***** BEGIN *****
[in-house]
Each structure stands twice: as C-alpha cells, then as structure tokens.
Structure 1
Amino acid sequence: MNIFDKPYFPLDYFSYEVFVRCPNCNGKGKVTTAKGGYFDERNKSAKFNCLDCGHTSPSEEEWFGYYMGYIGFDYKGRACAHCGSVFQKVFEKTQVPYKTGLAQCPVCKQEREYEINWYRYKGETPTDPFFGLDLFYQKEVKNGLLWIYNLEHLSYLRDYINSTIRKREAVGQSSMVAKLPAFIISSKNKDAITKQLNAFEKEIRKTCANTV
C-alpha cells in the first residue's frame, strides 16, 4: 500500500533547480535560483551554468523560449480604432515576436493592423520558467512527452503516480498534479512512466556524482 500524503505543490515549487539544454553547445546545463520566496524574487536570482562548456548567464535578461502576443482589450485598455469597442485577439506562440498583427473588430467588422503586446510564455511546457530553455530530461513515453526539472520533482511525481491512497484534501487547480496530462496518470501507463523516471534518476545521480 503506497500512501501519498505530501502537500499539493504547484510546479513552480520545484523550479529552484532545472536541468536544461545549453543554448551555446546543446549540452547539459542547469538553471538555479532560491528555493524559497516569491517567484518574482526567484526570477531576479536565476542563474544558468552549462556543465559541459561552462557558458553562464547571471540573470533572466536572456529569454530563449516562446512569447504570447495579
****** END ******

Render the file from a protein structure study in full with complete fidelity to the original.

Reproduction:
[in-house]
Each structure stands twice: as C-alpha cells, then as structure tokens.
Structure 1
Amino acid sequence: MNIFDKPYFPLDYFSYEVFVRCPNCNGKGKVTTAKGGYFDERNKSAKFNCLDCGHTSPSEEEWFGYYMGYIGFDYKGRACAHCGSVFQKVFEKTQVPYKTGLAQCPVCKQEREYEINWYRYKGETPTDPFFGLDLFYQKEVKNGLLWIYNLEHLSYLRDYINSTIRKREAVGQSSMVAKLPAFIISSKNKDAITKQLNAFEKEIRKTCANTV
C-alpha cells in the first residue's frame, strides 16, 4: 500500500533547480535560483551554468523560449480604432515576436493592423520558467512527452503516480498534479512512466556524482 500524503505543490515549487539544454553547445546545463520566496524574487536570482562548456548567464535578461502576443482589450485598455469597442485577439506562440498583427473588430467588422503586446510564455511546457530553455530530461513515453526539472520533482511525481491512497484534501487547480496530462496518470501507463523516471534518476545521480 503506497500512501501519498505530501502537500499539493504547484510546479513552480520545484523550479529552484532545472536541468536544461545549453543554448551555446546543446549540452547539459542547469538553471538555479532560491528555493524559497516569491517567484518574482526567484526570477531576479536565476542563474544558468552549462556543465559541459561552462557558458553562464547571471540573470533572466536572456529569454530563449516562446512569447504570447495579